Why didn’t he tell her anyway, so she could wring his neck instead of Spencer’s?


Until next time,


Spencer Visits Kate

Several days passed and Spencer hadn’t heard from Kate. He saw her at the office, but she ignored him and many others around her. She refused to join in any kind of banter and she no longer smiled. She focused on her work and left as soon as it was done. Kate seemed like a cardboard cutout of herself, very stiff and wooden.

Finally on Friday, Spencer drove to her apartment and rang the bell. He held the envelope in his hand, ready to pass it on. He felt he better inform Kate personally before some government agency or an attorney did.

But there was no answer. He didn’t hear Buttons barking either, so maybe they were on a walk. He decided to wait a minute. A neighbor came out into the hall from next door and said, “She ain’t home, man. She left yesterday with a bag.” The neighbor was holding an empty laundry basket.

“Oh. Thanks. I’ll come back later.” He wondered where she took off to. He didn’t know she had any leave coming, not that he knew every detail of Kate’s life. So much for getting this over with. He’d have to wait for her return.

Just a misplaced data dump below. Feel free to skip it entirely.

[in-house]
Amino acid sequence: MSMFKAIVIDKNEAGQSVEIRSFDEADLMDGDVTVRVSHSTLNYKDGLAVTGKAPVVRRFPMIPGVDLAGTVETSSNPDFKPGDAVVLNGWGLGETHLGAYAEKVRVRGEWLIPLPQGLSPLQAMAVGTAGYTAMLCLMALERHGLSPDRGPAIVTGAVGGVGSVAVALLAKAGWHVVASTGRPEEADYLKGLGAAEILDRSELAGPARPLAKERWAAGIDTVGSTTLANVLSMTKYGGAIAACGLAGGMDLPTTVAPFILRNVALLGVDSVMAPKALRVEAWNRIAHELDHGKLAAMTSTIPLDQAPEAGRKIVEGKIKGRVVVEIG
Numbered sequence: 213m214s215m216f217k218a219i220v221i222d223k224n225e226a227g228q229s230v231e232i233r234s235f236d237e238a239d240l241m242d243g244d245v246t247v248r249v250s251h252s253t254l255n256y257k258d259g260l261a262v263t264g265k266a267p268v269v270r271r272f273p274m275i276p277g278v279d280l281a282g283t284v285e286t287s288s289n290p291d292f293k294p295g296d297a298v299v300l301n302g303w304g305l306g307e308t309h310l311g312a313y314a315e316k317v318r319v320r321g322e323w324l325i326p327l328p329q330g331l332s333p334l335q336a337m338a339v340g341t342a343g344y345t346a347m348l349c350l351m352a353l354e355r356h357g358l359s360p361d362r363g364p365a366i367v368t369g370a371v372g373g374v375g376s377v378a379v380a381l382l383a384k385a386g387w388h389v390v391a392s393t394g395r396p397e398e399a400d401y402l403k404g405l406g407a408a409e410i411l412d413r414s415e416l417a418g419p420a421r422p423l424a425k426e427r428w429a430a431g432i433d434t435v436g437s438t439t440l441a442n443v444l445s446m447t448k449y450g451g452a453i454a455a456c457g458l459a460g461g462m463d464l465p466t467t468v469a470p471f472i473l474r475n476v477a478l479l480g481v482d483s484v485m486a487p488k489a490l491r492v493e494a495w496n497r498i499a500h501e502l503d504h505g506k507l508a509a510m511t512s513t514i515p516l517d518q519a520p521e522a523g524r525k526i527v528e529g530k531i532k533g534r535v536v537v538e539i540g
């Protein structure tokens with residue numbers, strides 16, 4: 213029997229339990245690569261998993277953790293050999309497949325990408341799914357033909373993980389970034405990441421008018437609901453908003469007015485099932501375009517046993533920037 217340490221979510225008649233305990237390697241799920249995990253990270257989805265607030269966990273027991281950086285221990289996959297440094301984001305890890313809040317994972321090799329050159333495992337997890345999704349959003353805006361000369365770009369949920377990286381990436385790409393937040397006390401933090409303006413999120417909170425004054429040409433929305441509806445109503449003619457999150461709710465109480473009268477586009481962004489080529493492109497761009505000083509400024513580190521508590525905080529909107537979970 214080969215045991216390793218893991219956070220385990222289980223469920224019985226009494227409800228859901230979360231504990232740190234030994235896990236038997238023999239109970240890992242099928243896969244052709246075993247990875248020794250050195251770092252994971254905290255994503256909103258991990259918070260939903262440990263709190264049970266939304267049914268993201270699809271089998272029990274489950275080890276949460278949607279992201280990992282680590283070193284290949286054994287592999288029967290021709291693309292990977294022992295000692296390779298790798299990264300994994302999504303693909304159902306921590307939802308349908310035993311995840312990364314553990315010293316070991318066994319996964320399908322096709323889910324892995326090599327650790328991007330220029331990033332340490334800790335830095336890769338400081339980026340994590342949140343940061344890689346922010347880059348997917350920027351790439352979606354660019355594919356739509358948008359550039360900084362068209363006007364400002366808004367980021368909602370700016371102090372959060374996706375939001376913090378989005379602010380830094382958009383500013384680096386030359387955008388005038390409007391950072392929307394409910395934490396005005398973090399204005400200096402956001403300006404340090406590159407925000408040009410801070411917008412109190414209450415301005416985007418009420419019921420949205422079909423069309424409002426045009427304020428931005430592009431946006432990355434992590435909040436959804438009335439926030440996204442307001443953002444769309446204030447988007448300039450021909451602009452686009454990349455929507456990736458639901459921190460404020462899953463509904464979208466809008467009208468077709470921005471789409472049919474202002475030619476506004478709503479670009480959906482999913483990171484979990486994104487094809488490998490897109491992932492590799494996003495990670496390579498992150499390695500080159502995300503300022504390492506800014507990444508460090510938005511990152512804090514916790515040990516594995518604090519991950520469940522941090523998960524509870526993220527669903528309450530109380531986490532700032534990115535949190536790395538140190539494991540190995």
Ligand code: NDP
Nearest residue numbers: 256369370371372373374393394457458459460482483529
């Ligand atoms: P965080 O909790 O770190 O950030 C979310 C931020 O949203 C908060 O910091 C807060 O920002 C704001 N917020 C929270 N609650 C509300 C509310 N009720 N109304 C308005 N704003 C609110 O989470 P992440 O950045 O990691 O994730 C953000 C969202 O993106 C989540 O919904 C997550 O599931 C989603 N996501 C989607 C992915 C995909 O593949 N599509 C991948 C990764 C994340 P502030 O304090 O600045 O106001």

For the next several days, Spencer went to work on auto pilot. He did what needed to be done and left early most days. He waited to hear from Kate, but she never called. Jen and Kelly didn’t even know where she took off to. Finally, two weeks later he heard thru the grapevine that she was back. Two Fridays after his first attempt, he drove directly to Kate’s right after work.

This time when he knocked, she opened the door and backed up. She looked awful. Her hair was a mess and her eyes were red. An odor drifted out to the hallway causing Spencer to wrinkle his nose. “Kate, you’ve got to-“

“Don’t preach to me, Spencer. You’re the one who came over uninvited.”

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Spencer Visits with John’s Parents